Five years after the government of China turned its guns and tanks on pro-democracy demonstrators in Tian An Men Square, that nation faces an uncertain future as its communist leaders maneuver behind the scenes to succeed the ailing Deng Xiaoping, 90. The transition that his inevitable passing will bring about requires a review of Washington's policy toward Beijing.
Times staff writer Jim Mann reported that the Clinton Administration is thinking about lifting most of the remaining sanctions imposed against China after the Tian An Men massacre, although just three months ago the President said he was extending them.
Until now, the Administration has been torn between anguish over China's grim human rights policies and the dire need to improve trade relations. The confusion culminated in the embarrassingly hostile reception that Secretary of State Warren Christopher received in Beijing last spring. Now Clinton is moving toward restoring the U.S. relationship with Beijing. However, the Administration must be careful in doing so to not inadvertently validate China's hard-liners.
THE MANEUVERING: No one can forget the Chinese government's harsh treatment of dissidents and its other human rights failures, but, as a major succession looms in Beijing, it is more important than ever for the United States to engage the emerging players. China obviously is too big a nation to ignore or to attempt to isolate.
Clinton renewed most-favored-nation trading status for China last May. At the time U.S. officials said he was trying to decouple trade and human rights, which had been souring relations between the two countries.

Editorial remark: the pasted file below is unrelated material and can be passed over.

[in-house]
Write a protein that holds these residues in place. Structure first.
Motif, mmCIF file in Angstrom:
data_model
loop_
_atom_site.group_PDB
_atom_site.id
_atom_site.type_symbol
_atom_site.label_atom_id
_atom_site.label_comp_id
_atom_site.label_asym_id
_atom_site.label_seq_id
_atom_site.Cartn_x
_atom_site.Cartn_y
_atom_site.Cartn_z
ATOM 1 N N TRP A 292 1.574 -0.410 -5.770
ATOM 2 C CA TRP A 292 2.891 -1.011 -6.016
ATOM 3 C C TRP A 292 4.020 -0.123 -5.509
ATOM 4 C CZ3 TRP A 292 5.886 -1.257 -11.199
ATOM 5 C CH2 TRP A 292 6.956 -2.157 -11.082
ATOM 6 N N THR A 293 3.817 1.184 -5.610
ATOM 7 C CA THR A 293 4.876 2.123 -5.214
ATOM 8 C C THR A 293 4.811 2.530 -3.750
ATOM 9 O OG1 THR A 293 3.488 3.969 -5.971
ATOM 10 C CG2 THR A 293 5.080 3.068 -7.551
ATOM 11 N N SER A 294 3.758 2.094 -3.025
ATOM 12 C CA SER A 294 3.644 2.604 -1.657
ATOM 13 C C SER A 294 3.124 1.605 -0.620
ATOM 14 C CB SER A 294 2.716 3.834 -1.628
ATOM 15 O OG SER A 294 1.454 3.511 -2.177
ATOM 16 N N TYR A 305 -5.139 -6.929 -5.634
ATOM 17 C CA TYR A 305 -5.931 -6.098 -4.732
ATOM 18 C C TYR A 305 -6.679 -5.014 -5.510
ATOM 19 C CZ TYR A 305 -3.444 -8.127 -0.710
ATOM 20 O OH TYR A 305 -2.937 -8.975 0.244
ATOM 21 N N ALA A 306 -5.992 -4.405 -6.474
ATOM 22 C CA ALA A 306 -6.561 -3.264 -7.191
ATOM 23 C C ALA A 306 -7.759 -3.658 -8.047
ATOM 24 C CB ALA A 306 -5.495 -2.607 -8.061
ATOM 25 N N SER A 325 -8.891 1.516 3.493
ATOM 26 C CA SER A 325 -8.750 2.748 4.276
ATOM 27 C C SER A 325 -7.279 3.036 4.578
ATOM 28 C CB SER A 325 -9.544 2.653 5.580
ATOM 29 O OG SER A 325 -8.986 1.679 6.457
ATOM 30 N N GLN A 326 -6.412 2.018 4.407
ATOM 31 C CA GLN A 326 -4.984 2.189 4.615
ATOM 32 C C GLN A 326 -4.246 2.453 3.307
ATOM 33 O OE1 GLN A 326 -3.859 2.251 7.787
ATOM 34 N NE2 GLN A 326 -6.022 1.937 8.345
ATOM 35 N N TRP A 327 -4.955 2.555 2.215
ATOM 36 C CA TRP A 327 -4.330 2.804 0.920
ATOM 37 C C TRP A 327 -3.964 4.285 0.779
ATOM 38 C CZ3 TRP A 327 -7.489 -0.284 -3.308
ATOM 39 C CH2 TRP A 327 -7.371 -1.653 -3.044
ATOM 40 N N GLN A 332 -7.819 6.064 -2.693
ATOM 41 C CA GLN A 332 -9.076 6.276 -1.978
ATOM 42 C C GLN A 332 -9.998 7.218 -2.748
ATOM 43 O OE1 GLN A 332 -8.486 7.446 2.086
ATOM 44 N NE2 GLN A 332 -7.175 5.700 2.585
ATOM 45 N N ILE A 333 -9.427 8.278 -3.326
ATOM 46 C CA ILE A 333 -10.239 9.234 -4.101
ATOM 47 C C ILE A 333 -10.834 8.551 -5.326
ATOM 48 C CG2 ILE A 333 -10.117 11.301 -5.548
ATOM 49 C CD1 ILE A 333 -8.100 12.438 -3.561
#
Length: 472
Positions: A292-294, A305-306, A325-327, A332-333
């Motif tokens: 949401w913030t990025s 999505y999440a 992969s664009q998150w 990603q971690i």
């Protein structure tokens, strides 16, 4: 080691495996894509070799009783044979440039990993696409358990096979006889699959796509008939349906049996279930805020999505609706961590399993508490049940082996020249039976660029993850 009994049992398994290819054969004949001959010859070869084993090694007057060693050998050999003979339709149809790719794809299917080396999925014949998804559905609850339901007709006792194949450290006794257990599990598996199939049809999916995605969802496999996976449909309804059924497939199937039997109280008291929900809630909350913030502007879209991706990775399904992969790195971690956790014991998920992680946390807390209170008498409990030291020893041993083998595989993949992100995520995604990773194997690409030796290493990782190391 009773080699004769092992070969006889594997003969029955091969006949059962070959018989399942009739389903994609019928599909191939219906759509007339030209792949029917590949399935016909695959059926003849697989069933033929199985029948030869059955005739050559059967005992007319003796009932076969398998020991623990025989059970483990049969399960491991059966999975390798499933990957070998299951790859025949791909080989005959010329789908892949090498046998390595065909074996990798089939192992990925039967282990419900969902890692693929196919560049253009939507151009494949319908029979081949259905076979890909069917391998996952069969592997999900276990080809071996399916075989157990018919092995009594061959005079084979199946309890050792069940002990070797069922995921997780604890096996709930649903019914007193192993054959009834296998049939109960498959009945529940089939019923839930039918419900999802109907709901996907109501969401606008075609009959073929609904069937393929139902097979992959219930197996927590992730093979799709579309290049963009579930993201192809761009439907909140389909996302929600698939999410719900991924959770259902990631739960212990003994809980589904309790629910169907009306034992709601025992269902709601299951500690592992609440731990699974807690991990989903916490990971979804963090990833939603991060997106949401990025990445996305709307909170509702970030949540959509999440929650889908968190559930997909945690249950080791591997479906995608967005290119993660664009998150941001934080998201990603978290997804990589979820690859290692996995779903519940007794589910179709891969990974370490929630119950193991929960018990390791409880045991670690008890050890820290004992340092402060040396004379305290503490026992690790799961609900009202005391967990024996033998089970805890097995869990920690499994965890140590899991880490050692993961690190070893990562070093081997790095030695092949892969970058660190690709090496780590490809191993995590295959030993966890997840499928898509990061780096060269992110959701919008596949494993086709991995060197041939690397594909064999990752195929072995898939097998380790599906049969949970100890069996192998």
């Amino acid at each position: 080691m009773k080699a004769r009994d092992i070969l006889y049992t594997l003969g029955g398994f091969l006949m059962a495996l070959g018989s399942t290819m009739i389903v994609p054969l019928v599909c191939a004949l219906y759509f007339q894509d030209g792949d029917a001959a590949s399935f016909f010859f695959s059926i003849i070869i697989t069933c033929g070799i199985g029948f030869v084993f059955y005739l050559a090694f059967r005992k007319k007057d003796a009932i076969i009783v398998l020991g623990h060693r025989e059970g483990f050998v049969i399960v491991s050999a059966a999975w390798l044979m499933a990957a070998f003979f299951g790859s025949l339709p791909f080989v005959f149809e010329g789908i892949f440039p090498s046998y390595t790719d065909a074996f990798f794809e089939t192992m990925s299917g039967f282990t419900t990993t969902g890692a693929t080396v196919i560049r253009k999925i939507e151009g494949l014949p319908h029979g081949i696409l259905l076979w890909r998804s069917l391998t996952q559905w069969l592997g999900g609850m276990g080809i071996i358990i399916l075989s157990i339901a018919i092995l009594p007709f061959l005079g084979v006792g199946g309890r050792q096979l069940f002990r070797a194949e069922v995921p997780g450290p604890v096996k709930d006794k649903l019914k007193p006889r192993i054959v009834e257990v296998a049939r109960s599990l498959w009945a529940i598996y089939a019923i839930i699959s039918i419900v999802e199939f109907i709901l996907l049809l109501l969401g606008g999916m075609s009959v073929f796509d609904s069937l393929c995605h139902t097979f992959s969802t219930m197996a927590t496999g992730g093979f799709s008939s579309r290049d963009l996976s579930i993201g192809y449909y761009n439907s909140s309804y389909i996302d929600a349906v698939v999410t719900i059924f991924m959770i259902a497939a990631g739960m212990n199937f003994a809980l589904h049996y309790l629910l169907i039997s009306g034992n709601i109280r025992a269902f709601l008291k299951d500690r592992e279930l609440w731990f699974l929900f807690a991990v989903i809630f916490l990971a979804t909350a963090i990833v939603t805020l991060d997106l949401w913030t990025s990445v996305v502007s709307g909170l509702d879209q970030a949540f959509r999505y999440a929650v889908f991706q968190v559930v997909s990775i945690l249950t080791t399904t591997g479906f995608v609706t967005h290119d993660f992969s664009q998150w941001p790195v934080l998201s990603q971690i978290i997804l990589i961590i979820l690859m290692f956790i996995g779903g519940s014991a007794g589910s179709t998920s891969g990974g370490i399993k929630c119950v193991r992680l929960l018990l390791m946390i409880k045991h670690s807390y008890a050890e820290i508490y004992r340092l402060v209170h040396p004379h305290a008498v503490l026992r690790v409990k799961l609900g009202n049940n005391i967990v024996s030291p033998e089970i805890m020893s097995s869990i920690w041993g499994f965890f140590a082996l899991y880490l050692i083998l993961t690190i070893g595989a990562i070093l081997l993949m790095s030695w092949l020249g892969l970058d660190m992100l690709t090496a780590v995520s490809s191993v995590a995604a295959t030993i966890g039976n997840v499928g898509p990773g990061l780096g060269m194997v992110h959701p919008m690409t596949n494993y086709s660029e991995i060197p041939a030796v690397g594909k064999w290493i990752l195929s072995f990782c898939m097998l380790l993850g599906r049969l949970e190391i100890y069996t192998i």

As a follow-up to that controversial decision, Secretary of Commerce Ronald H. Brown is leading a White House-sponsored delegation of American business leaders currently visiting Beijing.
Brown could have a key role in the Administration's policy changes. The commerce secretary is hoping the United States will open the way for a "new commercial relationship" with Beijing. Among other steps, the Administration is considering lifting the prohibitions on U.S. trade assistance to China and on the Overseas Private Investment Corp. program, which provides insurance and financing for American companies. These possible changes are of mainly symbolic value to Beijing, but some reciprocal move would certainly be in order and should be part of improving U.S-China relations.
THE MARKET: Although China is an important market for the United States, care must be taken not to simplify U.S.-China relations into a mere commercial connection. Rapid change has engulfed China in the five years since Tian An Men, and it is likely to continue and even accelerate dramatically.
To date Beijing has been far more astute than Washington at handling the problems that have arisen in U.S.-China relations as a result of all that change. The United States requires a consistent, broad-based and sophisticated China policy to prepare now for the coming change of leadership in Beijing.